The Izu Peninsula in Shizuoka is an excellent summer destination. Choose from the retro charm of Atami, outdoor adventures in the Ito area or the sun-drenched surfing hot spot of Shimoda. The peninsula is just over an hour southwest of Tokyo by train or car, making it easily accessible for a short break or weekend escape.
Atami—a relaxing and historical summer getaway
Atami is the gateway to the Izu Peninsula, and this charming, retro town has been a famous beach resort and hot spring area for generations. The shinkansen stops here, making a journey from Tokyo take less than an hour.
Hit the beach
Atami’s beach is aptly named “Sun Beach” and is the focal point for the summer season. The calm waters make it a good spot for families to paddle and swim, and there are nightly illuminations. The 400-meter (1,312 ft) stretch of sand makes for a pleasant evening stroll in the balmy heat.
Much more to explore
Head to the Akao Herb and Rose Garden to enjoy the fragrant herbs and blooms under the summer sun. The expansive landscaped gardens offer ocean views at every turn. The hilltop cafe designed by renowned Japanese architect Kengo Kuma (1954–) is a fine spot to cool off.
Atami Castle sits high on a hill above the town, with views over the Pacific Ocean. It offers exhibitions and a chance to dress up in samurai armor. From this vantage point, you can get good views of the Atami Fireworks Festival. Note that some events have been canceled or postponed in 2020 due to the COVID-19 outbreak.
To satisfy your artistic side, head to the MOA Museum of Art. The facility is a treasure house of Japanese and Chinese art that ranges from ancient to contemporary. Exhibits also include a Noh theater, a traditional tea house and Japan’s largest kaleidoscope displayed through projection mapping, perhaps the museum’s most quirky piece.
Historical hot springs
Atami’s hot springs have drawn visitors for over 1,000 years, including some famous and influential figures. Tokugawa Ieyasu (1543–1616), the shogun and powerful warlord, loved soaking in the mineral-rich waters of Atami so much that he brought some back to Edo (now Tokyo) to recreate the experience. There are seven natural hot springs dotted around the town which supply thermal waters to the many resorts, modern hotels and traditional inns. A relaxing soak with a view of the sunset over Sagami Bay is the perfect way to end a day of exploring.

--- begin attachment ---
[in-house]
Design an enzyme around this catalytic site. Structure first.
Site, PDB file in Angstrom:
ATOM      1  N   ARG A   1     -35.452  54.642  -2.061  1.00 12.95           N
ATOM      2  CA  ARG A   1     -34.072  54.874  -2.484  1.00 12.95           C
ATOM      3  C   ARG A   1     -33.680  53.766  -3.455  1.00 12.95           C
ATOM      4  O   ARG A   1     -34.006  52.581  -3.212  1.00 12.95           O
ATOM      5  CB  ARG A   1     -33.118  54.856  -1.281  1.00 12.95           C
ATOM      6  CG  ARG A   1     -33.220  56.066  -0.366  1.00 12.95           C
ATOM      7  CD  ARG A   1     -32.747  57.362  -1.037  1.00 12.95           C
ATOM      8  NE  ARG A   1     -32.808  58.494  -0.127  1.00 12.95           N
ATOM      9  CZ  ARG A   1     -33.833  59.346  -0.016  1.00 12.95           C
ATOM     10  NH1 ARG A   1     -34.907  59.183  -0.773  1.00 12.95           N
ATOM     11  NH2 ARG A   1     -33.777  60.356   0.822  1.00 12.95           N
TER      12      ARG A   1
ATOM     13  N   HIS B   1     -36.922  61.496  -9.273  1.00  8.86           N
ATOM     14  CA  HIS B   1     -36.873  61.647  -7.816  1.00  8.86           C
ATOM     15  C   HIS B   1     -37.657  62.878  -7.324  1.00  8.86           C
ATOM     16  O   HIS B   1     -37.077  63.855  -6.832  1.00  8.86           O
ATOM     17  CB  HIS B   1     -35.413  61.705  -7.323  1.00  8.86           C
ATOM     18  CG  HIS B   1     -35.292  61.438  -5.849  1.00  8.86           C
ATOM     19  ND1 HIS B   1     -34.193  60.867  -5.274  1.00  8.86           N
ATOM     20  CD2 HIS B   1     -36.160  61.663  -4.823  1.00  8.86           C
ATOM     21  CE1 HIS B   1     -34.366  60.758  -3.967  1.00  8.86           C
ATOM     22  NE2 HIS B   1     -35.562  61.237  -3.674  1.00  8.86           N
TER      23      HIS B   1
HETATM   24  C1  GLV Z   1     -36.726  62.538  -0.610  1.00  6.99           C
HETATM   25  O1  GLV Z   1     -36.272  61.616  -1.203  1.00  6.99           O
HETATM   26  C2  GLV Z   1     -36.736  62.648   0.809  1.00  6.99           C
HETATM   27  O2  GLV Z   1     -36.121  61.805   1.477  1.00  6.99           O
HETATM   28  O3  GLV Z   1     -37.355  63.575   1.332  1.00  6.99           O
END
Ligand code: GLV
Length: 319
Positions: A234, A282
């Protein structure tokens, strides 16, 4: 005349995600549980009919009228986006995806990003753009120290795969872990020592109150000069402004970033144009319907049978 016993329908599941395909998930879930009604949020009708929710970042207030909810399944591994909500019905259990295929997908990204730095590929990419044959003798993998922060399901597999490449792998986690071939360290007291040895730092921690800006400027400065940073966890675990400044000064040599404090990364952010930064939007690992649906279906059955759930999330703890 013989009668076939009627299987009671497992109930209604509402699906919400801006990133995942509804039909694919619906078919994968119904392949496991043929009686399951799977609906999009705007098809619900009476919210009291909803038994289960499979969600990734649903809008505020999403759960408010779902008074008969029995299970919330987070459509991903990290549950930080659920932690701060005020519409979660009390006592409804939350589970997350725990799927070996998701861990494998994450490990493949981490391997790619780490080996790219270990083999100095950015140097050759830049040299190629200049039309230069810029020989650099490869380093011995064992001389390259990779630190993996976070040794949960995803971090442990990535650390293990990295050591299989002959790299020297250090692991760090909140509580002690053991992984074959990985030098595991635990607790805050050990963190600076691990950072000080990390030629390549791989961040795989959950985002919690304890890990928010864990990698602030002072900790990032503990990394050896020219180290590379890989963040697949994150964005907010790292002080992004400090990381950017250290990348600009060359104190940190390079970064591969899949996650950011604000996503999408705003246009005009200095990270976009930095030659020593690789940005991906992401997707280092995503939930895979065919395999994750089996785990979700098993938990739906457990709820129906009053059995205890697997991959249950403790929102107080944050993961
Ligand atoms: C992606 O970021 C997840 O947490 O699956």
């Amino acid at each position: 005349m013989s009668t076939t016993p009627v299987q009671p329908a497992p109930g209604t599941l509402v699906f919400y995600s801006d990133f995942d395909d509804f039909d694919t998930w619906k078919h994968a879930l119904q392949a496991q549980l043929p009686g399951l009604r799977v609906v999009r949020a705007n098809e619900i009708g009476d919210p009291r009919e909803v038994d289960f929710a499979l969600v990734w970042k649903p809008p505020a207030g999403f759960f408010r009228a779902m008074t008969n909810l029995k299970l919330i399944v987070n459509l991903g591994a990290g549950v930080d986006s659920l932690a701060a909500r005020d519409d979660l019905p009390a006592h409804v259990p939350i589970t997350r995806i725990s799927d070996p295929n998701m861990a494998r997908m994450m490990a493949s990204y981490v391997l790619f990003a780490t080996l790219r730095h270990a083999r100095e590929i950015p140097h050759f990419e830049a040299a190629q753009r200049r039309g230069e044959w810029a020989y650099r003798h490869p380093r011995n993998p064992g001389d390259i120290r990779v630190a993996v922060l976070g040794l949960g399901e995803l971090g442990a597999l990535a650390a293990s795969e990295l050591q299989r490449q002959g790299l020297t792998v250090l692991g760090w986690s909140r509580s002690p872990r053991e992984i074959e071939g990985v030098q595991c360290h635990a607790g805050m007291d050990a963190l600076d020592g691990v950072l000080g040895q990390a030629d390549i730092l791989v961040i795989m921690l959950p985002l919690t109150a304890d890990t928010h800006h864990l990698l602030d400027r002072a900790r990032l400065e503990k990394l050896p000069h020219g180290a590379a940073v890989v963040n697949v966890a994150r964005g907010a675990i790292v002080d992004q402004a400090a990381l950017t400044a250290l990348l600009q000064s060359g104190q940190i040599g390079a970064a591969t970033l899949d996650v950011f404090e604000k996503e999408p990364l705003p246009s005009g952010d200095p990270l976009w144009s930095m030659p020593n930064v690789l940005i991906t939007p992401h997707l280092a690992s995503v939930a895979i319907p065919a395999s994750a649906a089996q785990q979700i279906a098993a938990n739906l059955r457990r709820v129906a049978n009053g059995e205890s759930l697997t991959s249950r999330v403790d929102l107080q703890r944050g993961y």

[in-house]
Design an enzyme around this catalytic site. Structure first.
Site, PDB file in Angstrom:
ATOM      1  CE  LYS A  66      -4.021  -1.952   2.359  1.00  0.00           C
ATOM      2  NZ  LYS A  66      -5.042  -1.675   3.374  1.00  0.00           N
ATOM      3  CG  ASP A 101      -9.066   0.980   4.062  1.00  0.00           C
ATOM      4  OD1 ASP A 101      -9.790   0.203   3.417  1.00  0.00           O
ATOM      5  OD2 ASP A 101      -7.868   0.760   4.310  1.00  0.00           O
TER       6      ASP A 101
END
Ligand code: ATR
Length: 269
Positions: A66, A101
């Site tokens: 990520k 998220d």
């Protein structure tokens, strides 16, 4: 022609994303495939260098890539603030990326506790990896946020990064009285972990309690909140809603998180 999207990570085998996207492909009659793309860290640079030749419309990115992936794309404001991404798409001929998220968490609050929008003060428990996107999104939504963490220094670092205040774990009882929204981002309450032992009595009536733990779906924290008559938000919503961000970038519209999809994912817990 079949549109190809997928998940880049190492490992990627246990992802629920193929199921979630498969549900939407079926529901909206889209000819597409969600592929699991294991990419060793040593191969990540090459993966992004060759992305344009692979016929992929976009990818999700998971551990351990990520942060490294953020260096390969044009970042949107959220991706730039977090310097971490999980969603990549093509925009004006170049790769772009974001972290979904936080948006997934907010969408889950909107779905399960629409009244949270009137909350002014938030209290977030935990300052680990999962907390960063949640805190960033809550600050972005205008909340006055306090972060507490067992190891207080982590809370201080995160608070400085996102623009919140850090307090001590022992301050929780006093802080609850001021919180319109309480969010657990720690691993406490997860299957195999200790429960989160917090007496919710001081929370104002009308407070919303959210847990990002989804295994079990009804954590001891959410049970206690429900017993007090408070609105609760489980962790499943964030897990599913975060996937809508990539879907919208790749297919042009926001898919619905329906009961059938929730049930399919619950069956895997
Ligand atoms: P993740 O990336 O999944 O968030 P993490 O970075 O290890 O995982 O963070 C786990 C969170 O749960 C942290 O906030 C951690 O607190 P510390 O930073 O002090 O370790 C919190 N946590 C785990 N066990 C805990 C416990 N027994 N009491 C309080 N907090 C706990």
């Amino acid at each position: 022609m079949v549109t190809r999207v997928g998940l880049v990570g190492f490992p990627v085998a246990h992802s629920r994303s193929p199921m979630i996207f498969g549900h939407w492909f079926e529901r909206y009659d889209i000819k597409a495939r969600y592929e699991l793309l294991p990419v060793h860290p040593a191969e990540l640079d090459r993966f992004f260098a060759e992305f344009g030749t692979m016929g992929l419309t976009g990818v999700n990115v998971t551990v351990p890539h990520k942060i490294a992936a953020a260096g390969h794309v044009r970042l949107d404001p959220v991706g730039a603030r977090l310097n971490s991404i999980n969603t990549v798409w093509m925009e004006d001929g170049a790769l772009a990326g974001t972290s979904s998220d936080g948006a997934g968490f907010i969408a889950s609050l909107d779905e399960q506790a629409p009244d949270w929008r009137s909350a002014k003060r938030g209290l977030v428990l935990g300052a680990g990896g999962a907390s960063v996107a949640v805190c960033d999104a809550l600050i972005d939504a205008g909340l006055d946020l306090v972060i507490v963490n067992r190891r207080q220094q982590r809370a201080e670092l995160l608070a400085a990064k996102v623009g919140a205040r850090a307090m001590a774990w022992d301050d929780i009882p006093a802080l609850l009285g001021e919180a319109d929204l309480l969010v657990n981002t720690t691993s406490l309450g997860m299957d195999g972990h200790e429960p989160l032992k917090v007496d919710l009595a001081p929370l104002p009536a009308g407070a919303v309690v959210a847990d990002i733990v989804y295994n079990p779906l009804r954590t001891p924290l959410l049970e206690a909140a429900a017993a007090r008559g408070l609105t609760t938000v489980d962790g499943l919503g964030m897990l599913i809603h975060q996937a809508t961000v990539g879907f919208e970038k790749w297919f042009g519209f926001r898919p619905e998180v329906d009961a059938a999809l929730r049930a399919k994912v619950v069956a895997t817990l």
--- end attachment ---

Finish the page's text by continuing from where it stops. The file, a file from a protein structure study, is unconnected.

Active summer adventures in Ito and beyond
Ito retains the same retro charm as its larger neighbor Atami. However, the city is slightly quieter with a somewhat off-the-beaten-path feel. During the summer, enjoy the beaches, hot springs and a trip to the top of a fuzzy green extinct volcano—Mt. Omuro. Direct trains from Tokyo Station reach Ito Station in around two hours. Alternatively, board a local train from Atami for the 20-minute ride.
Ito beach life
This laid-back city has a tropical atmosphere, with palm trees lining the beachfront. Stay near the beach or enjoy traditional hospitality at one of the hot spring resorts that line the Matsukawa—the river that runs through the center of town. The main beach, Orange Beach, is right in front of the main town. Alternatively, beaches at the adjacent stations of Kawana and Usami tend to be quieter.
Refreshing breezes at the top of Mt. Omuro